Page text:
A group of my Bible Study Program participants asked me three questions about forgiveness (see items f to h below). It's always a pleasure to share my view for what it’s worth. But before answering their three questions, allow me to share first of all a few insights that crossed my mind when I reflected on this subject:
a. WHY SHOULD WE FORGIVE? - Unforgivable as we are, God has chosen to forgive us in the first place. How can we deserve God’s forgiveness if we ourselves don’t forgive? Jesus in the Lord’s Prayer: “Forgive us our trespasses as we forgive those who trespass against us.”
b. TO FORGIVE IS TO FORSAKE JUSTICE? - One huge deterrence that holds us back when we try to forgive is that we feel like forgiving a person who is clearly in the wrong is to undermine justice and truth. But how do we know the offender’s wrongdoing against us cannot somehow be justified? The person’s offence may well be justifiable but somehow we just fail to see the justification due to human frailties and limitations. For example, a serial killer who attempted to kill you might have serious mental issues that he had no control over. This is why God, who sees everything and is all just, must be the final and only Judge.
c. TO FORGIVE IS TO SUCCUMB TO EVIL? – It’s quite the contrary. A forgiving person is determined and courageous in that he’s decided to fight and break the chain of evil with love and humility. His is a very strong faith because he believes in the eventual triumph of good over evil. Contrast a forgiving person with somebody who doesn’t trust God’s overseeing power (i.e. God’s providence) and decides to “take things into his own hands” by resorting to revenge, hatred, and violence, and it’s easy to see why it takes faith to forgive.
d. HARD TO LIKE SOMEONE WHO OFFENDED YOU? - If liking him is hard to do, at least respect him due to the fact that the image of God is in him. If God would love him, so much so as to sacrifice His only Son for him, why wouldn’t you?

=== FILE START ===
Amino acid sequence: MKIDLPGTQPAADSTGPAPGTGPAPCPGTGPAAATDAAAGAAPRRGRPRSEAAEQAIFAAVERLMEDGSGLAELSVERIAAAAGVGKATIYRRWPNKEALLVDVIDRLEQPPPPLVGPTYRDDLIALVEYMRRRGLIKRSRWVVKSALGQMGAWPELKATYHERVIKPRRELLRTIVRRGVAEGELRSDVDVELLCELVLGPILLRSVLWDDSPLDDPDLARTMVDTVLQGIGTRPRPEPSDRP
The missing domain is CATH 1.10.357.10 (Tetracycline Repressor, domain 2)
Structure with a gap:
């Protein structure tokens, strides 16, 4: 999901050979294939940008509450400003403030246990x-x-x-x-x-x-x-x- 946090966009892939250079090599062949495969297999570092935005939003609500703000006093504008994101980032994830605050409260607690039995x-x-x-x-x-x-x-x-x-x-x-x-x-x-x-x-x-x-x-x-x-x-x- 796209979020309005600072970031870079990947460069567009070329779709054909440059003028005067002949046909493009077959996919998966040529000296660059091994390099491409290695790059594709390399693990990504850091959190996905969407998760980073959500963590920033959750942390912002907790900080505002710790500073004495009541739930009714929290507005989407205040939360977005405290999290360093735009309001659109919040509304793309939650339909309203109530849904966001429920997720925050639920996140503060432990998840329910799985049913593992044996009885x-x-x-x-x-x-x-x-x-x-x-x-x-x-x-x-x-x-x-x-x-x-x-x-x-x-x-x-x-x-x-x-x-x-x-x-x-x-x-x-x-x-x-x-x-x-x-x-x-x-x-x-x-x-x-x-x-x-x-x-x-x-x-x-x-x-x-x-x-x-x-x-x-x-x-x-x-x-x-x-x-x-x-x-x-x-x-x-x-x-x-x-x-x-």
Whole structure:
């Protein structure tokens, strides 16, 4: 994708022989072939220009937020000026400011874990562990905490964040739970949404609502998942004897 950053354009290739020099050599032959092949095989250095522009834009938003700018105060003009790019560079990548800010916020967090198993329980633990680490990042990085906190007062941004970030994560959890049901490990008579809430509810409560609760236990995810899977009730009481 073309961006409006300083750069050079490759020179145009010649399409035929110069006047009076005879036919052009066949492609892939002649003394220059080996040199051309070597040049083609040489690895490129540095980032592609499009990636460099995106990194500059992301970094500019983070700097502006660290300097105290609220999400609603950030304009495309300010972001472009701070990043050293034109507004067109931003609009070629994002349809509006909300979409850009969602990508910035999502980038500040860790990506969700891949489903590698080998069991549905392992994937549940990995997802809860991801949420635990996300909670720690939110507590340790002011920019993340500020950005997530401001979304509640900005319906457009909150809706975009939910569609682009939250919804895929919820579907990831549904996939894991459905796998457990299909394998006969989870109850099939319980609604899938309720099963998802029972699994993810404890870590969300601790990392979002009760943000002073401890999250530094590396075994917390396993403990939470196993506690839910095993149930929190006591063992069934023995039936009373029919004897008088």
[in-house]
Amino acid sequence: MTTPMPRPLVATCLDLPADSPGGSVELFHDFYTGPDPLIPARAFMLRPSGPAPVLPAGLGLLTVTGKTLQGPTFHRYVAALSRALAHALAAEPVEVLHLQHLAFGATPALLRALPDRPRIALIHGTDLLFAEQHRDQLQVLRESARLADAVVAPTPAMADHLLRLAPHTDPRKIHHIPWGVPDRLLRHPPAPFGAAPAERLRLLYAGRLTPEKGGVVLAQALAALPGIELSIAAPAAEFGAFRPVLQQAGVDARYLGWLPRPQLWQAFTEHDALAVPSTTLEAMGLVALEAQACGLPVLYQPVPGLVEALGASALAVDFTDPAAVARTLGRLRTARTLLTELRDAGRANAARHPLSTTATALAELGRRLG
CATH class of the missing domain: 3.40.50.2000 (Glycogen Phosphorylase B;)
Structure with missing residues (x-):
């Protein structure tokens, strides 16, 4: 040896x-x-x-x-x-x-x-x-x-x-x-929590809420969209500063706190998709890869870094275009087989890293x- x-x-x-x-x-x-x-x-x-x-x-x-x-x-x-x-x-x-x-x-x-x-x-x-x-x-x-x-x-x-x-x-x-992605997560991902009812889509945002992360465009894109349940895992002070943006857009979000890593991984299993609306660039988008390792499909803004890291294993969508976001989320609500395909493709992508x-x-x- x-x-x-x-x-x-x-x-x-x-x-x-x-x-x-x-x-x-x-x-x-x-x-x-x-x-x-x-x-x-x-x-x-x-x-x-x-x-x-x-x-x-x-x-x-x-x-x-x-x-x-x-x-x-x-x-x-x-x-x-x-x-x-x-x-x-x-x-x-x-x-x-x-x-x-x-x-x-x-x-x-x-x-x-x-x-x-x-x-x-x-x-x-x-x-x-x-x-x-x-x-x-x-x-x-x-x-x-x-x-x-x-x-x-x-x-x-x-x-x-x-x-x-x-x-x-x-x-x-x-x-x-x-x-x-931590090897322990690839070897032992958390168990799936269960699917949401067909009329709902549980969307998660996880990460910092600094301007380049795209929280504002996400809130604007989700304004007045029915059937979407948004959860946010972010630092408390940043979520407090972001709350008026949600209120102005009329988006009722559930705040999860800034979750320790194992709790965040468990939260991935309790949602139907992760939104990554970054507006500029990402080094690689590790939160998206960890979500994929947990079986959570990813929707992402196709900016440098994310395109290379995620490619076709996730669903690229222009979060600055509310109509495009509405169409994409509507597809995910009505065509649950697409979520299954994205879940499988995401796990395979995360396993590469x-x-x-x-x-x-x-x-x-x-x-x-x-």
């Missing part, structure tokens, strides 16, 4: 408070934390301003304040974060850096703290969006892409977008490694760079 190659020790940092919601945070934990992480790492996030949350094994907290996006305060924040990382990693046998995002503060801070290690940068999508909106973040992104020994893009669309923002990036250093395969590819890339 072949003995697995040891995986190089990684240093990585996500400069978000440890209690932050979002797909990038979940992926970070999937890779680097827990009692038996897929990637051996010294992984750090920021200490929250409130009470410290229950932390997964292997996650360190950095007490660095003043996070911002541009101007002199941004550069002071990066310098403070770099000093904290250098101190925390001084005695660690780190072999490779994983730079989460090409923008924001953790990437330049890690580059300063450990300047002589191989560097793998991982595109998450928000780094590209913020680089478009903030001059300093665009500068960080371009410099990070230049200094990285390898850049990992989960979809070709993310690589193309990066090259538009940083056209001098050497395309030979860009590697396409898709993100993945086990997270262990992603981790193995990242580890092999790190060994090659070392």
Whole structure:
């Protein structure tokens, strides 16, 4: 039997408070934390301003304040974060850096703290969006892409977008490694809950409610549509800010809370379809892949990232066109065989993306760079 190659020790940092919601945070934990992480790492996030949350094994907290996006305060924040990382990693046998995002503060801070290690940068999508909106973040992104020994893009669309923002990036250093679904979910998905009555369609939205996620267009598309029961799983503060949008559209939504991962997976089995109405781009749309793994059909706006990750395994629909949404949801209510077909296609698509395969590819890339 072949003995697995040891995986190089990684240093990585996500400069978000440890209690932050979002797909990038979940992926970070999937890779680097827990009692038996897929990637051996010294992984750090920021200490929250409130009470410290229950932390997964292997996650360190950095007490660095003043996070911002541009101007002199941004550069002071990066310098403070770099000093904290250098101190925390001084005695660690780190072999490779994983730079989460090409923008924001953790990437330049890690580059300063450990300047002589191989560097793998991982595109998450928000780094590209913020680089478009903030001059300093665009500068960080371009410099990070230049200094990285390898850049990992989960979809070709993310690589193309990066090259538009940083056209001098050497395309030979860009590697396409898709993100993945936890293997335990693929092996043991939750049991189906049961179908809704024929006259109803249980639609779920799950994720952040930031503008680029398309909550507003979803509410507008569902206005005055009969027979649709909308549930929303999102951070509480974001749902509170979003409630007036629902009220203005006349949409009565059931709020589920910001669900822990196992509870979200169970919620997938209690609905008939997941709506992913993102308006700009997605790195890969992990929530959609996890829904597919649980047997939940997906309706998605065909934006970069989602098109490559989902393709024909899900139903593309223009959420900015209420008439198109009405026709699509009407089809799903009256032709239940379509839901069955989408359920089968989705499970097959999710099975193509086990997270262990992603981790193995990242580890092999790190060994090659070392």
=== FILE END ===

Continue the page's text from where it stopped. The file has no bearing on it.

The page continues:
e. FORGIVENESS IS OUR ONLY RELIEF – When we do not forgive, we are the prisoners of anger, hatred, and even vengeance. Forgiveness is the only way to free ourselves from the grips of such negative emotions. Therefore, forgiveness sets free not only the offender but also the victim of the offence.
Now the Bible Study Program participants' three questions:
f. WHAT DOES IT MEAN TO HAVE FORGIVEN SOMEONE? – Pope Francis had this well-dissected: “It is one thing to sense a sudden surge of hostility when offended, but quite another to give in to it, letting it take root in our hearts: ‘Be angry but do not sin; do not let the sun go down on your anger’ (Eph 4:26). My advice is never to let the day end without making peace in the family…Our first reaction when we are annoyed should be one of heartfelt blessing, asking God to bless, free and heal that person” (Amoris Laetitia, n.104).
g. HOW DO YOU KNOW IF YOU HAVE FORGIVEN SOMEONE? – Following the Pope’s illustration above, it’s fair to say that feeling offended is a natural human instinct, but we must not allow the anger caused by the offence to take root in our hearts. If you have forgiven someone, you will hold no anger or resentment against him.
h. DOES THAT MEAN YOU NO LONGER HAVE HATE OR UPSET FEELINGS ABOUT THAT SITUATION? IS THERE ANY STEPS WHEN YOU FORGIVE? – As mentioned in the Holy Father’s exhortation above, you can resent the situation or the unjust action, but you must not allow anger or hatred to overpower you so that your initial resentment turns into anger or hatred towards the person. Based on the Holy Father’s teaching above, we can identify three distinctive steps that lead to forgiveness: (1) anger - a natural human instinct when we get offended; (2) determination not to sin because of the anger – use the power of love to put your anger to rest; forgive the offender; tell yourself points a, b, c, d, e above; have the humility to initiate reconciliation with the offender; and (3) bless, free, and heal the offender (in so doing, you also bless, free, and heal yourself).